Nearly a year after I first laid eyes upon Porsche’s first fully electric vehicle, finally an opportunity arose for me to find out how it actually drives. The venue, as is so often the case, was Moscow Raceway. Not because the Taycan is a track car, but simply because the German-registered test cars couldn’t be driven on regular roads.
The thing is, just because you’re on a racetrack doesn’t mean that you have to drive fast. I mean, it’s clearly the obvious thing to do, but with sufficient self-restraint (and one eye on the state of the battery charge) it’s just about doable. It helps when you’re given the keys to the car and a track all to yourself, so there is no other traffic to contend with and you can come to a stop in the middle of the road for a photo op whenever you like. The Americans would probably call this freedom.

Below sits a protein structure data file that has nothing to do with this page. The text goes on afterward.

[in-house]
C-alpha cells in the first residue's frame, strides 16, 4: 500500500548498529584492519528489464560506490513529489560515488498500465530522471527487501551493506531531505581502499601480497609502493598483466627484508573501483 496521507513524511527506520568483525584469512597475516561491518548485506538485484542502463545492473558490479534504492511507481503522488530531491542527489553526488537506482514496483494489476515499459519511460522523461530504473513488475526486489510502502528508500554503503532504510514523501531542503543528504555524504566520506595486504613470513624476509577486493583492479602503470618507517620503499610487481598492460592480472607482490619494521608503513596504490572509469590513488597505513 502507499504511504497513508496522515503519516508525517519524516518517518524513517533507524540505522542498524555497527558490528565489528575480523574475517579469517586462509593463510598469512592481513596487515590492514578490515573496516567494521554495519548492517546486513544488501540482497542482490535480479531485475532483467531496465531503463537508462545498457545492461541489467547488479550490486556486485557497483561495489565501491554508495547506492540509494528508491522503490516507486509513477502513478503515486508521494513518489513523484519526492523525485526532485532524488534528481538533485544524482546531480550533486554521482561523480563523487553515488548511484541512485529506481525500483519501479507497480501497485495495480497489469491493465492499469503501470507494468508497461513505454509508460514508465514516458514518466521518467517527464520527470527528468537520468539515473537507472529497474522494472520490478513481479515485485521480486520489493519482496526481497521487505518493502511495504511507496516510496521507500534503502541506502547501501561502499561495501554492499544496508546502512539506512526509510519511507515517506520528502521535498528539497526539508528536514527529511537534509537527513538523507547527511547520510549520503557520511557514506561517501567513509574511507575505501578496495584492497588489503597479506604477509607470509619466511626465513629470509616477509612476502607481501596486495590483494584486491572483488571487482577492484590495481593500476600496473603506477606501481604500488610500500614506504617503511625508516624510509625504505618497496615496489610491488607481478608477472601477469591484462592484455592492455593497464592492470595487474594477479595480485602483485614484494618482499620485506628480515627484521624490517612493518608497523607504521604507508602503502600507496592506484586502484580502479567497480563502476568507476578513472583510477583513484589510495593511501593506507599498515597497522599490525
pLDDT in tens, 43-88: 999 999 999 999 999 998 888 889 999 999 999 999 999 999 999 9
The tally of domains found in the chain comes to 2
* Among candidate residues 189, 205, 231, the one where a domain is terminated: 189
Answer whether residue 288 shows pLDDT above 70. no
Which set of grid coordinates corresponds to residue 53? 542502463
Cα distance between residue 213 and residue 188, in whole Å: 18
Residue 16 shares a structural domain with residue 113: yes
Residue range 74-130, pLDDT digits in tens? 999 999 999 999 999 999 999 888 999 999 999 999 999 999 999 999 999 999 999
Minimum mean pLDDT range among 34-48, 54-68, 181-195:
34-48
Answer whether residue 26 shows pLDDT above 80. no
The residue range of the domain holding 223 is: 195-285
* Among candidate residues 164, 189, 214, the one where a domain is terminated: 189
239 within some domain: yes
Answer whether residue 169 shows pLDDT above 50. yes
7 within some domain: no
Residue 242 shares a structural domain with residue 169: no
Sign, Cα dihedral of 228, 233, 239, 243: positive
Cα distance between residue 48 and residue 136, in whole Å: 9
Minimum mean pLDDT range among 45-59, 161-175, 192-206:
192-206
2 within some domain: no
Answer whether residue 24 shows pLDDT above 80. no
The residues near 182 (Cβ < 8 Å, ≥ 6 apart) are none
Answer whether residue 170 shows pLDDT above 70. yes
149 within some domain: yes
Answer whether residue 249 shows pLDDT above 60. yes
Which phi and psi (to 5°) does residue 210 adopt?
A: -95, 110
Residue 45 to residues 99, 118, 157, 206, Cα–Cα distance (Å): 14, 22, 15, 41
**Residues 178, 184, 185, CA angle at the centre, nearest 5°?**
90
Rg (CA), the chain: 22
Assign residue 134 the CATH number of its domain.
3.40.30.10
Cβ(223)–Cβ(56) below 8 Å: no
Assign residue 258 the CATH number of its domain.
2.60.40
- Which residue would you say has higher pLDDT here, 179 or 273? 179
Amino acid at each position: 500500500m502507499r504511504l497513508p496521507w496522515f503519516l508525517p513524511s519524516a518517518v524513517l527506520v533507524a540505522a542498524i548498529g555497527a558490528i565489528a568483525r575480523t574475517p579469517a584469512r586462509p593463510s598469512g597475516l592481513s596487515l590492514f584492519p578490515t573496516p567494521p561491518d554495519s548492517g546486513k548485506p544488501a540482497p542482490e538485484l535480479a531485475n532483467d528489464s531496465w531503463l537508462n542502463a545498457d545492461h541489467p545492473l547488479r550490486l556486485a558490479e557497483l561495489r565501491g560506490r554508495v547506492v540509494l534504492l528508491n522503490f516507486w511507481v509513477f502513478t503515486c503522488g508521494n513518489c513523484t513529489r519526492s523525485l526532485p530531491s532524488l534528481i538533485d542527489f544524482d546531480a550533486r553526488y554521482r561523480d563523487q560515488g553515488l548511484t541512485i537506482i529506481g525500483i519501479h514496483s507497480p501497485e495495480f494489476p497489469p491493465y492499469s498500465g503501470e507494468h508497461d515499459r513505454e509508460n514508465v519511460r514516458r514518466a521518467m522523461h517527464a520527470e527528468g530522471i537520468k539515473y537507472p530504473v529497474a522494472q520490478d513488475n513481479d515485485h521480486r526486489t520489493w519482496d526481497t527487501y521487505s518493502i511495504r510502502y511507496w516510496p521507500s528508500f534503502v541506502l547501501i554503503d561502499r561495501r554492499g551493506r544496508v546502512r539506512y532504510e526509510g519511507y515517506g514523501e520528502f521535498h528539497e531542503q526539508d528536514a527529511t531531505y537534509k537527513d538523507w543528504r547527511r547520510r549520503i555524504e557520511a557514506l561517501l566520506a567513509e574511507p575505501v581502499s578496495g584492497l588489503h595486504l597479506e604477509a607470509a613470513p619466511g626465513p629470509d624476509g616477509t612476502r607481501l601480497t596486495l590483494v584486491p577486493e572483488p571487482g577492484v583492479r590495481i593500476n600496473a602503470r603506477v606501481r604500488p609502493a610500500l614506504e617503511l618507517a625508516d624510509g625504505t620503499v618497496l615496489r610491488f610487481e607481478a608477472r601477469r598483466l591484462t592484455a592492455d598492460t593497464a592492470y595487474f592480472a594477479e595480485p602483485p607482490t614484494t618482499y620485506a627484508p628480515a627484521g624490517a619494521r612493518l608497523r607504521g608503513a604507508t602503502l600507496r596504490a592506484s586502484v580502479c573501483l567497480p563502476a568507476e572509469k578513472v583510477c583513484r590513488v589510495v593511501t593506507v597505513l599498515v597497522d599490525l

Of course, I already had a pretty good idea of what to expect from this car as it’s already been filmed and reviewed so many times by now.
Even so, and even after driving some Porsche hybrid models which are also capable of limited driving on electricity alone, I found being able to take off swiftly in a Porsche whilst producing virtually no sound at all is still a slightly surreal event. It seems contrary to how the world has always worked, in violation of some kind of innate rule of motoring. Especially when you’re setting off from a pit lane and not a driveway. Apparently, it took Porsche a lot more money and development work than usual to get rid of all potentially unwanted noises in the interior. It turns out that, in a car this silent, even some barely perceptible creaking sounds made by the leather seats upon which you sit can be perceived as annoying. But I’m not here to talk about the leather seats, lovely though they are. I think I probably covered that aspect of the car well enough in my initial article last year. I’m not going to repeat the exact specifications either. Not least because I’m not sure they actually matter much. No, I just want to talk about driving it.